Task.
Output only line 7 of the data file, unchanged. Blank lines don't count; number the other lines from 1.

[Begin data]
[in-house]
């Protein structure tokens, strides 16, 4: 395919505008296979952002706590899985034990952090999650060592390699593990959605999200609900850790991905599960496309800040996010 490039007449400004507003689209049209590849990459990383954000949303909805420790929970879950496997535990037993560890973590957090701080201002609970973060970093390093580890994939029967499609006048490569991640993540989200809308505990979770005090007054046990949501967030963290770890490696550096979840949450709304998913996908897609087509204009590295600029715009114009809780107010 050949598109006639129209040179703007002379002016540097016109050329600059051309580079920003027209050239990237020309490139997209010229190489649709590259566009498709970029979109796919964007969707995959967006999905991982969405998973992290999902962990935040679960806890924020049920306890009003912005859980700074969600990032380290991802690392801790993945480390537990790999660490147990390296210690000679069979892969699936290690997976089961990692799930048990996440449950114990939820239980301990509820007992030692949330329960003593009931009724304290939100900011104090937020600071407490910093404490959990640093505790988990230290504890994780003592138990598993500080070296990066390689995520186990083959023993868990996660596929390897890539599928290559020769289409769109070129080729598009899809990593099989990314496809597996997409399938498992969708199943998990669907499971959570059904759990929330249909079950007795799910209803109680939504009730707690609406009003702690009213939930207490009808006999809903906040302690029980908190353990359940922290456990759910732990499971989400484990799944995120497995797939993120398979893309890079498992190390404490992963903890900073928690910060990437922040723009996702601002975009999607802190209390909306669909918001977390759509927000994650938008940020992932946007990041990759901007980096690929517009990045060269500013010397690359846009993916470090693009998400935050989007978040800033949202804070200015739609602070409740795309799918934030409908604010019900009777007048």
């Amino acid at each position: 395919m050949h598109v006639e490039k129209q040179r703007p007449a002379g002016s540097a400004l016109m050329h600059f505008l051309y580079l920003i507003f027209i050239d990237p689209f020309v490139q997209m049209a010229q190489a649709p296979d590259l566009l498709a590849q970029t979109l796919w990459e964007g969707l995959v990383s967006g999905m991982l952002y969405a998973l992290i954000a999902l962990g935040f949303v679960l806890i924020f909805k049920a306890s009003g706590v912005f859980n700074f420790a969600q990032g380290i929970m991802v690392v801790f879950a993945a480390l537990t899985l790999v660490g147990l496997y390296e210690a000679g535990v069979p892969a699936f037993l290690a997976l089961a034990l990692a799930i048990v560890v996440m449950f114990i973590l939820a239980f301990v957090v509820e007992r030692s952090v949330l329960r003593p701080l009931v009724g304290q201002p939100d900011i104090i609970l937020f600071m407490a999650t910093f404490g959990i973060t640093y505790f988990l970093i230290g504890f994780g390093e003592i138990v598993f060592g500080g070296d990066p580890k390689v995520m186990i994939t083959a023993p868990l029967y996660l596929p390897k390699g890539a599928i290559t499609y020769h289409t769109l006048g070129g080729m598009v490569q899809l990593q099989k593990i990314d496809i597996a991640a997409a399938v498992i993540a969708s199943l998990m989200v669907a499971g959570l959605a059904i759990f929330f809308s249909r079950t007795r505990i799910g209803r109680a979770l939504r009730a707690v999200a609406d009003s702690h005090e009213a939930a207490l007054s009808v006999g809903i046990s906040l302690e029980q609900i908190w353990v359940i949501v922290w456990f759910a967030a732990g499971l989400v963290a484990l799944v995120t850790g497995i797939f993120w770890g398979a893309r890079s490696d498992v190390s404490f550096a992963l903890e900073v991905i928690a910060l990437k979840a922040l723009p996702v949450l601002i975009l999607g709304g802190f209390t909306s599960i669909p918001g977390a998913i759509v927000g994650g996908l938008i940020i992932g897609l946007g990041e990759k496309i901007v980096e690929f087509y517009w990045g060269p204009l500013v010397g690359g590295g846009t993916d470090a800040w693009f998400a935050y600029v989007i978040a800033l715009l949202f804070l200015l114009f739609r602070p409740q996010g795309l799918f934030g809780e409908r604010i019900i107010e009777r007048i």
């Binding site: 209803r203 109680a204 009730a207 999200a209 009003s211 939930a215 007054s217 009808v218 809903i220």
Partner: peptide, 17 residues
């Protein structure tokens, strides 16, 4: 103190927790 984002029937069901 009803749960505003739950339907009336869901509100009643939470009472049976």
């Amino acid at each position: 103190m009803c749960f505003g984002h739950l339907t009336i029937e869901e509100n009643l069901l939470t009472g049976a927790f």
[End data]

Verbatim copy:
């Amino acid at each position: 103190m009803c749960f505003g984002h739950l339907t009336i029937e869901e509100n009643l069901l939470t009472g049976a927790f």